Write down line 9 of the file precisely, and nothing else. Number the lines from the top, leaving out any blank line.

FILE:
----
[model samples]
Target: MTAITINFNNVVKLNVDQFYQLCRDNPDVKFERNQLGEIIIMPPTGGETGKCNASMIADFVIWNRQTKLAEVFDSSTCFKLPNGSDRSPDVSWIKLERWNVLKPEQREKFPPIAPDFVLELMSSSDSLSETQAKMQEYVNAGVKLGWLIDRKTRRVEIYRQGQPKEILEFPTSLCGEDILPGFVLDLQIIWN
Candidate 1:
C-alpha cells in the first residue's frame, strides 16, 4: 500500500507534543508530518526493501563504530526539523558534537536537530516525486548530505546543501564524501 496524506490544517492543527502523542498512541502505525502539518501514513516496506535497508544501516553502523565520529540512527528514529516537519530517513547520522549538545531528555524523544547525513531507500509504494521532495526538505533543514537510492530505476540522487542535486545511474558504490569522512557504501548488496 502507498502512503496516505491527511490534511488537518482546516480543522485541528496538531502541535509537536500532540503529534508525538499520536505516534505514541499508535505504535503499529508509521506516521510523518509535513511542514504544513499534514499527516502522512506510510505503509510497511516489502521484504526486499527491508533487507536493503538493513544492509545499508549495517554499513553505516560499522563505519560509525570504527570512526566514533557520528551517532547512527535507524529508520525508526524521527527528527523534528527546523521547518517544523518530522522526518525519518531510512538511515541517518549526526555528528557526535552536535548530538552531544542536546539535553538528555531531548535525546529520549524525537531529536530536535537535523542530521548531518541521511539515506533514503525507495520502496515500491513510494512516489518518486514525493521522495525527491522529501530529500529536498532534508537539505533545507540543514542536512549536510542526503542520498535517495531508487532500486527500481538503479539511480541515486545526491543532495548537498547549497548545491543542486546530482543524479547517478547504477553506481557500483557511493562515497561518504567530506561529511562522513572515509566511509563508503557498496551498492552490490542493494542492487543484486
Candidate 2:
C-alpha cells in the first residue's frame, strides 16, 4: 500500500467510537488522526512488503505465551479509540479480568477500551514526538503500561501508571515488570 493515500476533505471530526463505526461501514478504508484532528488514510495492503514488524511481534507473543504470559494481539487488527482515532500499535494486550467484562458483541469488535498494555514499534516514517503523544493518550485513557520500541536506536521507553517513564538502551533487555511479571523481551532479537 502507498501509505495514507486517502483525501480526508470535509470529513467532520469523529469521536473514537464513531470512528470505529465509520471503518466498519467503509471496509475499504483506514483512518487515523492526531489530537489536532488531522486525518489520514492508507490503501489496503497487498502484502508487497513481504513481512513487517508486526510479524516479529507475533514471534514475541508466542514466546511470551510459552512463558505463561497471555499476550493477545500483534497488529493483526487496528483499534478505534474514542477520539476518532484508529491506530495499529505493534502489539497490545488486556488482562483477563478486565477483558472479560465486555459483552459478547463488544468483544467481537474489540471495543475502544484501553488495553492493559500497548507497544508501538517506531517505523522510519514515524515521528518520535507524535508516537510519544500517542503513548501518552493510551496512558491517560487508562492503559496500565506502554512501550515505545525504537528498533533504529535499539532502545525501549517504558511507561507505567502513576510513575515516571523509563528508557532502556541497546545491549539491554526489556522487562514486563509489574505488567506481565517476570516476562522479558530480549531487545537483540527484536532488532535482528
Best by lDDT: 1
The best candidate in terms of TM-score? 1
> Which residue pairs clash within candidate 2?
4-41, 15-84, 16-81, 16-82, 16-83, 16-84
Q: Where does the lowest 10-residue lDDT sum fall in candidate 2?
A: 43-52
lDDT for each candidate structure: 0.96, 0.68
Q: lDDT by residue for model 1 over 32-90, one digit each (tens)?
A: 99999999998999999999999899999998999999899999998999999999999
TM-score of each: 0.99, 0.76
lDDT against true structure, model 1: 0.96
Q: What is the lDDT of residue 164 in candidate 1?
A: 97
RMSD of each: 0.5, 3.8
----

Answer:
> Which residue pairs clash within candidate 2?